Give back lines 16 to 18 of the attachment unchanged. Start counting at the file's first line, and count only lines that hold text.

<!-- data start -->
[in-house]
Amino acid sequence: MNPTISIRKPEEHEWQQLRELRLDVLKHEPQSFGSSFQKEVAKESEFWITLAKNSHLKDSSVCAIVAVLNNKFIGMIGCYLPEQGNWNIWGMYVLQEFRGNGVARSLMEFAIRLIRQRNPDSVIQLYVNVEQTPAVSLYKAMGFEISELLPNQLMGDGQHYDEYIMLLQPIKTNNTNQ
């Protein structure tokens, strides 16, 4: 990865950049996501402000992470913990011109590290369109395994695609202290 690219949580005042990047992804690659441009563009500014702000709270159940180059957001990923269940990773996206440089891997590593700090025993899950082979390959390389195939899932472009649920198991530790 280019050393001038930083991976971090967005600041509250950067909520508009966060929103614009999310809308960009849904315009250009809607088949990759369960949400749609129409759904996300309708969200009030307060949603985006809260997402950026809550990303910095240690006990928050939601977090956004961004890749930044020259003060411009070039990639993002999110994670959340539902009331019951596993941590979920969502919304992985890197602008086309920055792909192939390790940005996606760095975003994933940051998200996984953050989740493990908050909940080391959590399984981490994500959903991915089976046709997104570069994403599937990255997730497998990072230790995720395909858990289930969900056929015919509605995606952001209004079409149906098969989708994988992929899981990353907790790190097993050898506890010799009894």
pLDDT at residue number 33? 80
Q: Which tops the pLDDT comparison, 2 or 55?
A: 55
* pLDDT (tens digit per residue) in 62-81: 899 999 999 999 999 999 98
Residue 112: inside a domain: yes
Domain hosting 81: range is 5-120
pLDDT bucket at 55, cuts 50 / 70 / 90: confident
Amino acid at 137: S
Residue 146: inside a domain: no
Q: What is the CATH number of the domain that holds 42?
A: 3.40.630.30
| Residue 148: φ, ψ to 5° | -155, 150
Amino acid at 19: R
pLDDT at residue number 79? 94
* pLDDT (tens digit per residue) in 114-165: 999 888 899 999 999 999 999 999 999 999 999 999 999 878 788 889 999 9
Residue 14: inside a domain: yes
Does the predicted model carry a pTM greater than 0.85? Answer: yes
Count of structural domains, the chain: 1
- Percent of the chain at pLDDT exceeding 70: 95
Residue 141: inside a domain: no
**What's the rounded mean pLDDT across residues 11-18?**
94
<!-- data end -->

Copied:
Amino acid at 19: R
pLDDT at residue number 79? 94
* pLDDT (tens digit per residue) in 114-165: 999 888 899 999 999 999 999 999 999 999 999 999 999 878 788 889 999 9